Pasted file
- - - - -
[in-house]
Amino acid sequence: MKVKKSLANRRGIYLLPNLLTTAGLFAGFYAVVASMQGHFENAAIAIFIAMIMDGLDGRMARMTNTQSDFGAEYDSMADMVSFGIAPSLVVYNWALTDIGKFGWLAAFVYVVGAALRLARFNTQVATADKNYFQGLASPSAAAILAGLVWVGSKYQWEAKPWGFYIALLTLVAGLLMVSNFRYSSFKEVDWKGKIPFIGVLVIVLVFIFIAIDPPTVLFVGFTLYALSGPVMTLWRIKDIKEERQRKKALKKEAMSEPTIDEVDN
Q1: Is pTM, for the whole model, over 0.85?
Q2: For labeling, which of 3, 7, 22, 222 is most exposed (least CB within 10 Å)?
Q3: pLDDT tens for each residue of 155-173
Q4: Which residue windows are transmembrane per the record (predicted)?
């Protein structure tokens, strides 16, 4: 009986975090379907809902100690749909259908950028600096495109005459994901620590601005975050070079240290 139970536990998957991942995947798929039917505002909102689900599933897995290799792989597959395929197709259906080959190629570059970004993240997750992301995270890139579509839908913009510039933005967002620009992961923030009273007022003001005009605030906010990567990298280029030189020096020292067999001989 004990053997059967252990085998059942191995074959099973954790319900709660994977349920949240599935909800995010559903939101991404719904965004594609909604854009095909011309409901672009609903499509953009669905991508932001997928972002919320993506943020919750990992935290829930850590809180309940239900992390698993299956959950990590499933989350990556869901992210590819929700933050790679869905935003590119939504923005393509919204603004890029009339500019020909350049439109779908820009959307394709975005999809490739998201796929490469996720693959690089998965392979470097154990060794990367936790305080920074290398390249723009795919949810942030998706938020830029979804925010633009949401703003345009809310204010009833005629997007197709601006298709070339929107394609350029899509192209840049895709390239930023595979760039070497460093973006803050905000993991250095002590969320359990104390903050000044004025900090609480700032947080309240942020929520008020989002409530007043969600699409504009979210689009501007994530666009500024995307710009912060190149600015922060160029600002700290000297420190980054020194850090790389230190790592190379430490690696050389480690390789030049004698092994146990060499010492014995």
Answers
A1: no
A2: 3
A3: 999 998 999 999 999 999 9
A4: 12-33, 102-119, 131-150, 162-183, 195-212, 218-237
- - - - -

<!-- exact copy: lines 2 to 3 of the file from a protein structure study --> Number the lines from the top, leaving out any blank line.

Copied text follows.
Amino acid sequence: MKVKKSLANRRGIYLLPNLLTTAGLFAGFYAVVASMQGHFENAAIAIFIAMIMDGLDGRMARMTNTQSDFGAEYDSMADMVSFGIAPSLVVYNWALTDIGKFGWLAAFVYVVGAALRLARFNTQVATADKNYFQGLASPSAAAILAGLVWVGSKYQWEAKPWGFYIALLTLVAGLLMVSNFRYSSFKEVDWKGKIPFIGVLVIVLVFIFIAIDPPTVLFVGFTLYALSGPVMTLWRIKDIKEERQRKKALKKEAMSEPTIDEVDN
Q1: Is pTM, for the whole model, over 0.85?